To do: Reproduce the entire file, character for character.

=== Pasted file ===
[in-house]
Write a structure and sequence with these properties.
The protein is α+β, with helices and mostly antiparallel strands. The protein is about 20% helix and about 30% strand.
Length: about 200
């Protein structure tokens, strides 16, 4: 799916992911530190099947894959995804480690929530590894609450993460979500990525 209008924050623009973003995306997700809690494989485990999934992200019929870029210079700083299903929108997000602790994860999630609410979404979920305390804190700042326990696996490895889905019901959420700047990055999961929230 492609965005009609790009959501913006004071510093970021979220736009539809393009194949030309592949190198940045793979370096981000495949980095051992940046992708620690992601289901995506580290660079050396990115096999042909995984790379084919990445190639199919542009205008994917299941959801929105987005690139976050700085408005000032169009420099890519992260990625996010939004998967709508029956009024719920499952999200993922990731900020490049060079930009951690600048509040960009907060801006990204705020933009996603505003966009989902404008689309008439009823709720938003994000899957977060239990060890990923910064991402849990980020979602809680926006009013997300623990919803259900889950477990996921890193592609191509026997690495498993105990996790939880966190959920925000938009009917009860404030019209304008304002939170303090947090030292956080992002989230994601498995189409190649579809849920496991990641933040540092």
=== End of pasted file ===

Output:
[in-house]
Write a structure and sequence with these properties.
The protein is α+β, with helices and mostly antiparallel strands. The protein is about 20% helix and about 30% strand.
Length: about 200
């Protein structure tokens, strides 16, 4: 799916992911530190099947894959995804480690929530590894609450993460979500990525 209008924050623009973003995306997700809690494989485990999934992200019929870029210079700083299903929108997000602790994860999630609410979404979920305390804190700042326990696996490895889905019901959420700047990055999961929230 492609965005009609790009959501913006004071510093970021979220736009539809393009194949030309592949190198940045793979370096981000495949980095051992940046992708620690992601289901995506580290660079050396990115096999042909995984790379084919990445190639199919542009205008994917299941959801929105987005690139976050700085408005000032169009420099890519992260990625996010939004998967709508029956009024719920499952999200993922990731900020490049060079930009951690600048509040960009907060801006990204705020933009996603505003966009989902404008689309008439009823709720938003994000899957977060239990060890990923910064991402849990980020979602809680926006009013997300623990919803259900889950477990996921890193592609191509026997690495498993105990996790939880966190959920925000938009009917009860404030019209304008304002939170303090947090030292956080992002989230994601498995189409190649579809849920496991990641933040540092």